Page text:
View Single Post
Old 06-01-2007, 08:08 AM   #9
Erick Mead
Erick Mead's Avatar
Dojo: Big Green Drum (W. Florida Aikikai)
Location: West Florida
Join Date: Jun 2005
Posts: 2,616
Re: Awase (from Meaning of Competitive)

George S. Ledyard wrote: View Post
Let me be a bit more clear...
Before we get too clear, -- a bit more questioning mud perhaps... ?

George S. Ledyard wrote: View Post
Awase, at least as I understand it, is quite literally about "matching" your partner. This is the basic principle at work when you do Kata practice. In Kata work, ones goal is to give the partner exactly the type of response which, in turn, allows his next movement and so on. ...Aikido kihon waza practice is generally about awase. The practice is about a mutual connection. There may be tempo changes etc. but the purpose is to challenge and thereby develop the ability of the uke to stay connected (awase) through out the whole movement.
So far, OK, although I do not necessarily agree with what I feel is implied in this description -- that there is a fundamental inversion in how we practice (whether kihon or ki no nagare) from how we apply the art in a combat situation. I see a continuum of practice into the area of potentially destructive energy where it is nage relenting in the full final motion (the reversing portion of the wave) that saves uke and permits ukemi.

I am fully prepared to be corrected. However, as I see it, both the kihon and the combat techniques let the practitioner find the inflection points I described earlier, where uke's predicament begins, and kihon or ki no nagare practice merely stops where injury would begin to be realized from the compromised dynamic structure he has been led into.

George S. Ledyard wrote: View Post
In combat, one is not striving for awase. Rather, one strives to put the other opponent "out of phase" or "out of sync" with ones movements.
I understand what I think you are saying. But is this really true in the way you are saying it? It may simply be that I look at this as a tighter analog to the actual "phase" relationship of waves than you intended in your use of it as a descriptive model. But I think that aspects of the tighter parallel are worth seriously considering.

I interpret what I am doing as placing uke's structure slightly out of synch with his own movements, which disconnect progressively diverges. Since I place my structure in connection to his and my movements in synchrony with his altered structure, he is unable to restore his structure to his movement, or have the stability necessary to alter mine. He therefore moves as I move, because his structure is shaped to my movement, not his, and with a compromised structure he is unable to do much to alter his or the combined movement until my connection is lost.

In your oscilloscope model, kihon would be allowing that reversal potion of the movement (top or bottom of the wave) simply to go "flat" at "completion" in the practice setting -- at the top (or bottom of a wave) thus locating the cusp of the critical reversal point where the region of potentially serious damage begins, and where you know you have "got" him. The flattening means that his energy, still approaching ours makes the potential energy difference lessen.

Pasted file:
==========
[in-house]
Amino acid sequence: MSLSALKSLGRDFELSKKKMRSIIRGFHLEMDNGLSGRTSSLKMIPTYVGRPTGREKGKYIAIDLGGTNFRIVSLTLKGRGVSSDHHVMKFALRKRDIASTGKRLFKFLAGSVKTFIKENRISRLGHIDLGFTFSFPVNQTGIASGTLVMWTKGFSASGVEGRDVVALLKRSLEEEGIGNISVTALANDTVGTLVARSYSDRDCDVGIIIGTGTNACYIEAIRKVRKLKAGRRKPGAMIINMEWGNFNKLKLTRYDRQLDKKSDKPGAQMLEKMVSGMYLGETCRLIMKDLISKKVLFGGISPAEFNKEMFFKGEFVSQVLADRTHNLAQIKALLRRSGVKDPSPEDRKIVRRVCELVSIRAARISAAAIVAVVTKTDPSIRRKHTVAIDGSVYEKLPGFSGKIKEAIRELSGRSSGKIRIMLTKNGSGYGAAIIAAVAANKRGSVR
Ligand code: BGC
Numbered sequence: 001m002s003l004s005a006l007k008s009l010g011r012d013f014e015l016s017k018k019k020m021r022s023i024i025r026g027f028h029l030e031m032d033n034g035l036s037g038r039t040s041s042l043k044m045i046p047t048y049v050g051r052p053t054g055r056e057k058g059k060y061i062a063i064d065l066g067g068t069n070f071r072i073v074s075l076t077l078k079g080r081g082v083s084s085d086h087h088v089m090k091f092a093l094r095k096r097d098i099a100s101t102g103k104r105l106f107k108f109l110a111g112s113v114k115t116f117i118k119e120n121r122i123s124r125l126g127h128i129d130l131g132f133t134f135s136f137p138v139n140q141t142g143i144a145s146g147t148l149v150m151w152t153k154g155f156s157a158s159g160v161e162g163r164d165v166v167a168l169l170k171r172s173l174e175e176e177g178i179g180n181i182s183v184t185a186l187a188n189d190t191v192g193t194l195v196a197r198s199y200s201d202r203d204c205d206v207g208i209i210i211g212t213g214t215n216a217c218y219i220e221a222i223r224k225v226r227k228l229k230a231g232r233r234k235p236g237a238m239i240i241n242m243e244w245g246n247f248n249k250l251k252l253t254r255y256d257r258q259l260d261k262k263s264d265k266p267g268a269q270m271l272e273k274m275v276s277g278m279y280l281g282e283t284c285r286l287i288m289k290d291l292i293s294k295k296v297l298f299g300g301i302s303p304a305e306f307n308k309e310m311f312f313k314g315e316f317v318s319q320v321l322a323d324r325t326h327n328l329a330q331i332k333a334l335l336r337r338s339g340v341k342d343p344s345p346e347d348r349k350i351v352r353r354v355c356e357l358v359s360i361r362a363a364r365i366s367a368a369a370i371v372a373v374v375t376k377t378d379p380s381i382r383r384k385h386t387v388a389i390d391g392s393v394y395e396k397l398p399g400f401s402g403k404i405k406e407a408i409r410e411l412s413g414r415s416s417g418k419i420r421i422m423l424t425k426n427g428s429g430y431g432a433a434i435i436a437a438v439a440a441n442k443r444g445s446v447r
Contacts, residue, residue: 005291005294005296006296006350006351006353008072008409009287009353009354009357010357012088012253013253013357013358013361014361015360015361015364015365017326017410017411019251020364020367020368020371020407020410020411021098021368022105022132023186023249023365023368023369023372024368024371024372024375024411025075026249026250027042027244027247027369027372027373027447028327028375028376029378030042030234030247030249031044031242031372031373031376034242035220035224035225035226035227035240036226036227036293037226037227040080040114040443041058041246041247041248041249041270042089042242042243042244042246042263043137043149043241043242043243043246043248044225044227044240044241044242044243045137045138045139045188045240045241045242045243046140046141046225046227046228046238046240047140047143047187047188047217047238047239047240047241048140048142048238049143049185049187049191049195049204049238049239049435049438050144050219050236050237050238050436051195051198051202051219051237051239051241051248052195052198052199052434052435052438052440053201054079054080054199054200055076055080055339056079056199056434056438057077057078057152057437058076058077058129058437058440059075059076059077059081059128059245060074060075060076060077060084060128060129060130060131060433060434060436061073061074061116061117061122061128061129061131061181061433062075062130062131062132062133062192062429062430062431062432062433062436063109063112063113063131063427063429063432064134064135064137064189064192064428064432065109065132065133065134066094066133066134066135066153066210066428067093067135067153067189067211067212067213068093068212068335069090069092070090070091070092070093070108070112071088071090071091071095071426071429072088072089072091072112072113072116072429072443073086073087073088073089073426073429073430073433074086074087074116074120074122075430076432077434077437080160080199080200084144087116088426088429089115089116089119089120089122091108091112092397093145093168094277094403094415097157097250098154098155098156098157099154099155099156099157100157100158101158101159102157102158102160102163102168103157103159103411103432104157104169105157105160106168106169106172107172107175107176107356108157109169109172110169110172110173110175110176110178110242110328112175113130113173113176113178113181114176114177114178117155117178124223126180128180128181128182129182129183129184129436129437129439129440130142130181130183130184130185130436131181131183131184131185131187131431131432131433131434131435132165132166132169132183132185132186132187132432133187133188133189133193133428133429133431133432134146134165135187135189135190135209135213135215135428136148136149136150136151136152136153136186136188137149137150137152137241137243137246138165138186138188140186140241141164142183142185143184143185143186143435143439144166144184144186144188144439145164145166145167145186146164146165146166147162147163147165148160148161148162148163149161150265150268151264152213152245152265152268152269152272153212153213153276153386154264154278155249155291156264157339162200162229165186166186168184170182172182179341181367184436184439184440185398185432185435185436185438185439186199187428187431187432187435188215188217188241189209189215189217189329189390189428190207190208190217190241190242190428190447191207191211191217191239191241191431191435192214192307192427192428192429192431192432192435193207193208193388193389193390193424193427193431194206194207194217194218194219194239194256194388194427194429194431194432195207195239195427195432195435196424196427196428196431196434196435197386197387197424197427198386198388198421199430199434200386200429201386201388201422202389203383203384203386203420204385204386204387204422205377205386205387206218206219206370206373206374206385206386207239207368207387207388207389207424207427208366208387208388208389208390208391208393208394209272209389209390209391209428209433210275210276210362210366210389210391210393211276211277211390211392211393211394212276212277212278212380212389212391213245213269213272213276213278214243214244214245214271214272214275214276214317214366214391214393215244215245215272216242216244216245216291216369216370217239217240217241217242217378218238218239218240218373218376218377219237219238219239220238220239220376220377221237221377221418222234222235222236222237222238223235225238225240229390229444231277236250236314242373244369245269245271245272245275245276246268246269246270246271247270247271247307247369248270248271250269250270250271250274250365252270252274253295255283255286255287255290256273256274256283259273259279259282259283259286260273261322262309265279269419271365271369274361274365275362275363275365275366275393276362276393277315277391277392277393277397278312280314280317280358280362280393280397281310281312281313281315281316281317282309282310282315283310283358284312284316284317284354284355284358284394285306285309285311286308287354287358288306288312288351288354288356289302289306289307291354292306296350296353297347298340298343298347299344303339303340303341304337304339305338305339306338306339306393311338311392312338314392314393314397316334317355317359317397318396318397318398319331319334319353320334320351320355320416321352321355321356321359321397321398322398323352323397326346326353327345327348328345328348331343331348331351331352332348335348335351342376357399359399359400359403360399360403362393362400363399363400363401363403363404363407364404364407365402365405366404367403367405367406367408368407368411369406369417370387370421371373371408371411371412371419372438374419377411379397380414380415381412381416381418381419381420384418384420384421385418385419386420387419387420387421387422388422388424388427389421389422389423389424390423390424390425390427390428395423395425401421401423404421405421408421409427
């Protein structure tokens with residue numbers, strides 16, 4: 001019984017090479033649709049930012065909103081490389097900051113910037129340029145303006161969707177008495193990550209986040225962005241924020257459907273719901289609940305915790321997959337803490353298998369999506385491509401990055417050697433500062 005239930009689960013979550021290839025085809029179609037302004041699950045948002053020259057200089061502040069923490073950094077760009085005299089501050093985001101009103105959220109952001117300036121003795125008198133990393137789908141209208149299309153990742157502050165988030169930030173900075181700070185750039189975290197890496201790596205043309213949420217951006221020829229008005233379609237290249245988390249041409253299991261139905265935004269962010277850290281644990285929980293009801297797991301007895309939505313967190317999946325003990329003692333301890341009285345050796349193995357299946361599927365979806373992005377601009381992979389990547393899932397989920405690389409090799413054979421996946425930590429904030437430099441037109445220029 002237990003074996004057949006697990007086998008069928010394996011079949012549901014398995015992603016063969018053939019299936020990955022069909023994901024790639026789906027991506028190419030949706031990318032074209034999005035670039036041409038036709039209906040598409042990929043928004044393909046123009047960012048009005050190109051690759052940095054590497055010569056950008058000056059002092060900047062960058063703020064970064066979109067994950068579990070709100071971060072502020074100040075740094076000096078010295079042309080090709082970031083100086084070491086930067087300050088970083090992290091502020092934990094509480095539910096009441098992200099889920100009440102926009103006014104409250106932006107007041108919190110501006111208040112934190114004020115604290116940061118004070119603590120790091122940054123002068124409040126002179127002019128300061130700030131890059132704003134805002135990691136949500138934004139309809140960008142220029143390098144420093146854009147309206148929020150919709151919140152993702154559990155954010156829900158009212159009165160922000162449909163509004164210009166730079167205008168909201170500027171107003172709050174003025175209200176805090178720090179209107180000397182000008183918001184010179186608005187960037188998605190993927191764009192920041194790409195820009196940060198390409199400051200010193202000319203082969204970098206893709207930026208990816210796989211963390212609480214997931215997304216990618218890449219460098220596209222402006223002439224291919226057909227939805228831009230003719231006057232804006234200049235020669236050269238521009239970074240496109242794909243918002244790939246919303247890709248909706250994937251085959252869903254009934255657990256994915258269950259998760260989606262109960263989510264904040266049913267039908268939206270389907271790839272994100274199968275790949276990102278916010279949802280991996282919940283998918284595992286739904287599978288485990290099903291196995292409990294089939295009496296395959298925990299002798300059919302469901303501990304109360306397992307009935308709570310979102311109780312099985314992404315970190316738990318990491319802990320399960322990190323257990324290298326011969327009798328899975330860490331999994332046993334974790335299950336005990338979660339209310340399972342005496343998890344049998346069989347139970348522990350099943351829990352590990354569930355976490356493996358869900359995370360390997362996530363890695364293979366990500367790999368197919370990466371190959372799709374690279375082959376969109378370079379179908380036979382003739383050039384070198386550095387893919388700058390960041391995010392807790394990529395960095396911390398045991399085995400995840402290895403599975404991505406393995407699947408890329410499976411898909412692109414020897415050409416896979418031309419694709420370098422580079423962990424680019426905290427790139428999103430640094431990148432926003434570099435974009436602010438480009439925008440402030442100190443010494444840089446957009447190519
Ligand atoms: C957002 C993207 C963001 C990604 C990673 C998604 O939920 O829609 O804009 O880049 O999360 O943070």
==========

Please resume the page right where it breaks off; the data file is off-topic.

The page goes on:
In ki no nagare we begin to explore the shallower reaches of the reversed slope past that point but, in practice, progressively releasing our connection as we do it, bleeding just enough energy out of the movement to allow ukemi to occur, and allowing our ukemi to improve. Nage's change of sign has occurred, but his is still on the increasing trend the opposite way -- and thus the potential energy in the interacting is rising.

The "full" combat expression continues into full the reversal of sign portio of the wave at same energy level, which risks serious damage. The energy of uke comes into opposition (opposite sign) with that of nage in an uncontrolled manner (from uke's perspsective), and the potential energy difference is then at its largest.

The point of maximum difference in potential energy occurs just before his energy changes sign at the top or bottom, and I bring my own energy to the midline or zero. While my energy becomes literally nothing -- I maximize the energy that can be released in our interaction and the damage it can do through my connection.

Like a circuit -- if I maintain a complete connection past that point in the cycle, the potential energy difference is realized into actual flow from high energy to low energy (relative to zero) and the circuit fries if the energy is large enough to overload its capacity.

But that happens, it seems to me because we initially match (awase) in a "locked" phase step, but then increasingly diverge from one another in actual energy, while staying in the same phase lock relationship. It works because of the fundamental nature of the dynamic that is established in doing it in that particular way, and the structural advantage gained in doing it. I do not perceive the entry into this dynamic position different whether I am working kihon or ki no nagare, although the endgame is very different in sensibility.

Last edited by Erick Mead : 06-01-2007 at 08:22 AM.


Erick Mead
  Reply With Quote